Comic Invasion: Amar Chitra Katha

As soon as one hears the word “comic” the first image that’s sprawls their mind is of a superhero striking a confident pose on the cover. But Amar Chitra Katha made sure it was more than just superficial stories. It was pedagogic and at the same time, fun.

Covers of the comics, 'Amar Chitra Katha'.

One day, a man named Anant Pai came across a quiz airing on Doordarshan where the participants answered a question of Greek mythology almost immediately but were confused and fumbled answering a simple question of Hindu mythology – In the Ramayana, who was Rama’s mother?


Anant Pai, who was already working for The Times of India, decided to manufacture comic-books series for children with the themes of Indian lore, historical and mythological stories with the purpose educating children. First, he proposed this idea to the Times Management but they declined it. This resulted in Pai quitting his job altogether. After facing rejections from many publication houses, G.L. Mirchandani of the India Book House acknowledged Pai’s venture and funded it. In February 1970, Pai published its first title, Krishna, that he had written himself and it was illustrated by Ram Waeerkar. Followed by other well-received titles such as Shakuntala, Rama, Harishchandra, Hanuman and Mahabharata. By the late 1970s, Amar Chitra Katha was selling 5 million copies a year. Since then, Amar Chitra Katha has been translated into 20+ languages.


The inception of ACK was at the time when a household was considered privileged for owning luxuries such as TV. Thus, ACK became a celebrated comic series as the go-to entertainment for the middle-class kids of 70s and the generation that followed. Many comics of that era offered comics with fictional storylines of a superhero and a villain. ACK stood out for its educational and cultural value engraved in the captivating plots.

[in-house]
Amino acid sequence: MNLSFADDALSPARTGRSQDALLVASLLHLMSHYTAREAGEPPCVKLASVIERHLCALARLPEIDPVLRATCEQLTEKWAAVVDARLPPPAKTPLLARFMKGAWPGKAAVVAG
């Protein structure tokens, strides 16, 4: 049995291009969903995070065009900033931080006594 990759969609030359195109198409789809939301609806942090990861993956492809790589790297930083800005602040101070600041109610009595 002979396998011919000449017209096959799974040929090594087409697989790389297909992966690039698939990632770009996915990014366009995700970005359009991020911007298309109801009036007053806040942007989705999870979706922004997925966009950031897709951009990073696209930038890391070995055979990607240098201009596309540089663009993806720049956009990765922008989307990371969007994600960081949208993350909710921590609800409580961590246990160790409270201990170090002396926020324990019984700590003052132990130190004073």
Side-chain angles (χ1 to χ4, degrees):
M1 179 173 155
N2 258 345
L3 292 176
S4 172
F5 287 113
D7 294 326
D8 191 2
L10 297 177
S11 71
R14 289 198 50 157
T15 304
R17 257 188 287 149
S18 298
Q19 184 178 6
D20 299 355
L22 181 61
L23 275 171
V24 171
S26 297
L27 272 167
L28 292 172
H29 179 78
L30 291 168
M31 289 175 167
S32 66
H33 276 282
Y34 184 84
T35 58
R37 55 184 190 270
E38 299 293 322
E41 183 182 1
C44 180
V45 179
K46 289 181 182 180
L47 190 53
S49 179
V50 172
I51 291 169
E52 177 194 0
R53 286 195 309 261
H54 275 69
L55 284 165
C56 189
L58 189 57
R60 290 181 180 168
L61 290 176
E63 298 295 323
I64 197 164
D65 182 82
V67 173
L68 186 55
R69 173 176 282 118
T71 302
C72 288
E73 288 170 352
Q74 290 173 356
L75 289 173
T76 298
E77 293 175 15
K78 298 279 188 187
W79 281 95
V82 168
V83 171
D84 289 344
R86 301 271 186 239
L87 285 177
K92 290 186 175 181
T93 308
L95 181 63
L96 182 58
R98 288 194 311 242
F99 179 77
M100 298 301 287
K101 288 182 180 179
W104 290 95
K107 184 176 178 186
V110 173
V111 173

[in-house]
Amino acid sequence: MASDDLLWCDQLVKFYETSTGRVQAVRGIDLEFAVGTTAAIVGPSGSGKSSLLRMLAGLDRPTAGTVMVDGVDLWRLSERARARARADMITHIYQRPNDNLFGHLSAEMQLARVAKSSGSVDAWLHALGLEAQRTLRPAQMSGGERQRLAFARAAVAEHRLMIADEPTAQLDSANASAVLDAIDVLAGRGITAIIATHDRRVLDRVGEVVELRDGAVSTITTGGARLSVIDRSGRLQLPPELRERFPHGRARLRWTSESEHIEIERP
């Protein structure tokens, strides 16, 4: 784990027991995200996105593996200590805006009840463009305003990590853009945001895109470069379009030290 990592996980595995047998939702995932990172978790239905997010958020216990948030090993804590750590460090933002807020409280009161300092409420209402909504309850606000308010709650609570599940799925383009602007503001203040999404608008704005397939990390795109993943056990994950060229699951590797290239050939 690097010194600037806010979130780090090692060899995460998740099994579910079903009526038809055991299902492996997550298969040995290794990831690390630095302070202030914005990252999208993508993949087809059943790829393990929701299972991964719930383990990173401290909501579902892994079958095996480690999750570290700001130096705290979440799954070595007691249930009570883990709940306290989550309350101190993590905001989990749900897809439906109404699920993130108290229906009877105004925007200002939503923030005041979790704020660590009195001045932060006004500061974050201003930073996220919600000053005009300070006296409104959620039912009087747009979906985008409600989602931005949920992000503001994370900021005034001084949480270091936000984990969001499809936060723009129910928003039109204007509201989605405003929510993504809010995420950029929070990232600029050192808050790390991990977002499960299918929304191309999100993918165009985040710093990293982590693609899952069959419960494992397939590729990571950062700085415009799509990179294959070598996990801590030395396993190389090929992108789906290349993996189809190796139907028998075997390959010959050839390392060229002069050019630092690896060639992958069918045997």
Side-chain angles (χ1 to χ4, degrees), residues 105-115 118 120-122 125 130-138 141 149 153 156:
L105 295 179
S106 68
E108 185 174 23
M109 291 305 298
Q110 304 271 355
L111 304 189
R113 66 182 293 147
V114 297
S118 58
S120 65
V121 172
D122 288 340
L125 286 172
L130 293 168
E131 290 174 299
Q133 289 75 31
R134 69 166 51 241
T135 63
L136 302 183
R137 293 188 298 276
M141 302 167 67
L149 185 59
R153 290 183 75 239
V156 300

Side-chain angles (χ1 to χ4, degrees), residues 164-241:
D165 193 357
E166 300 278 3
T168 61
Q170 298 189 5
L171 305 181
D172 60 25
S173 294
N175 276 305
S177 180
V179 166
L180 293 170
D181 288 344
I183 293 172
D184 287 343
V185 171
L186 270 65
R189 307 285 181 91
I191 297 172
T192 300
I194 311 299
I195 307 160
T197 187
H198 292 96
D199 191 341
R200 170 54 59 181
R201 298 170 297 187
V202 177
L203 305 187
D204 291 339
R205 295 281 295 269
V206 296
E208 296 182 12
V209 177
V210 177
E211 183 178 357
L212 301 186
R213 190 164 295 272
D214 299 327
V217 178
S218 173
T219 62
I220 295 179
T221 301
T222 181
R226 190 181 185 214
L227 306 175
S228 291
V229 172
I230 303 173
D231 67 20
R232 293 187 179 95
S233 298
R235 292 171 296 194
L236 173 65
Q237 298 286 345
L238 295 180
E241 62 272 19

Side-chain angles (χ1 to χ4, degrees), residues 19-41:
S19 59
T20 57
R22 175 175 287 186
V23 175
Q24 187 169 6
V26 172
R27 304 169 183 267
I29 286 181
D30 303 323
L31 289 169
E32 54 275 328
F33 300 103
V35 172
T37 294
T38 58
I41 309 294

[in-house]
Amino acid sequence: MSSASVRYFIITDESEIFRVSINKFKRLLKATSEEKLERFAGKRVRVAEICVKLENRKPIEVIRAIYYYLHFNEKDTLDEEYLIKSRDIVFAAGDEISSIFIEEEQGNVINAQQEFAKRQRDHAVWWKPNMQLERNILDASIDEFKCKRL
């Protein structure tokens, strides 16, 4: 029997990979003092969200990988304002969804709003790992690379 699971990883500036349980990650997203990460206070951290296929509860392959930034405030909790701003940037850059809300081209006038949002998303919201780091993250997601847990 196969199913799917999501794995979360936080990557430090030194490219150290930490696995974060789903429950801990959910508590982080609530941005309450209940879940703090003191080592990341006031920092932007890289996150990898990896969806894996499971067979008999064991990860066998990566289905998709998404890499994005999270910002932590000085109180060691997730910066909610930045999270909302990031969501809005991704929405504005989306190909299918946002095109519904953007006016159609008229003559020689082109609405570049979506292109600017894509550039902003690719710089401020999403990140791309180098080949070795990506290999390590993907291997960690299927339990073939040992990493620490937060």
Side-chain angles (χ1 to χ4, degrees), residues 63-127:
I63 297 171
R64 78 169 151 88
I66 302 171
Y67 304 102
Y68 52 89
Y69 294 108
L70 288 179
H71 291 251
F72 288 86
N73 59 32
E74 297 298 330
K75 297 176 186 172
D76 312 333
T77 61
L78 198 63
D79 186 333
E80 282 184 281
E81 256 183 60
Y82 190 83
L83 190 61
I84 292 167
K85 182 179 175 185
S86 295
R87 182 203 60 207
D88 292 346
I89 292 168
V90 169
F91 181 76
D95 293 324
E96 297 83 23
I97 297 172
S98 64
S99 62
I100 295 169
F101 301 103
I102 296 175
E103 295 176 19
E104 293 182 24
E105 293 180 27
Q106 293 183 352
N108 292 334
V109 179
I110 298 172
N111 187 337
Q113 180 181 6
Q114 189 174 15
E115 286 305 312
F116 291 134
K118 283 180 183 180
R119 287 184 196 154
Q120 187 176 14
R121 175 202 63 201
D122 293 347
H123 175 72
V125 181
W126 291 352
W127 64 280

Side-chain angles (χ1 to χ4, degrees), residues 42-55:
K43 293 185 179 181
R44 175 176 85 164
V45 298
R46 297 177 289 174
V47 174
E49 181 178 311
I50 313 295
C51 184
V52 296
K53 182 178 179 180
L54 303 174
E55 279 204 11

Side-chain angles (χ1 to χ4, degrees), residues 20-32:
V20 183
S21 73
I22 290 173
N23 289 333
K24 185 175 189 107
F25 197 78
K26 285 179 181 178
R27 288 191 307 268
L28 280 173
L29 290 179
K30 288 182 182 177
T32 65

Before the invasion of computers and software in the field of publications, the staff ACK used to hand-letter the dialogue bubbles to get the spacing right. Design and layouts were manually managed. Due to financial reasons, comics were printed using only three colour – yellow, blue and green. To make one such comic, it takes an entire team to conduct an extensive research about the figure or the story including a thorough study of the ancient texts and careful scrutinizing of the sculptures to portray the setting and the character as accurately as possible.


While Amar Chitra Katha has managed to incorporate the narrative of the Indian storytelling in a compelling way, especially for children with the purpose of educating them about the cultural heritage, it has also faced criticism for stereotyping few subjects and the Hinduization of Indian heritage. Other issues like the glorification of Sati, patriarchal undertones, problematic portrayal of woman have been controversial. Since then, ACK has made attempts to be inclusive by portraying personalities of other religions. New editions focus on local heroes such Lachit Borphukan, the Assamese leader who fought the Mughals.


After the 1990s, owing to the upsurge of the TVs and other digital mediums, a huge chunk of people outgrew the comic. In the late 1990s, many comic publications shut down. However, in 2003 ACK made a comeback and still continues to publish. It is also acing on digital platforms with podcasts, videos and its very own app.

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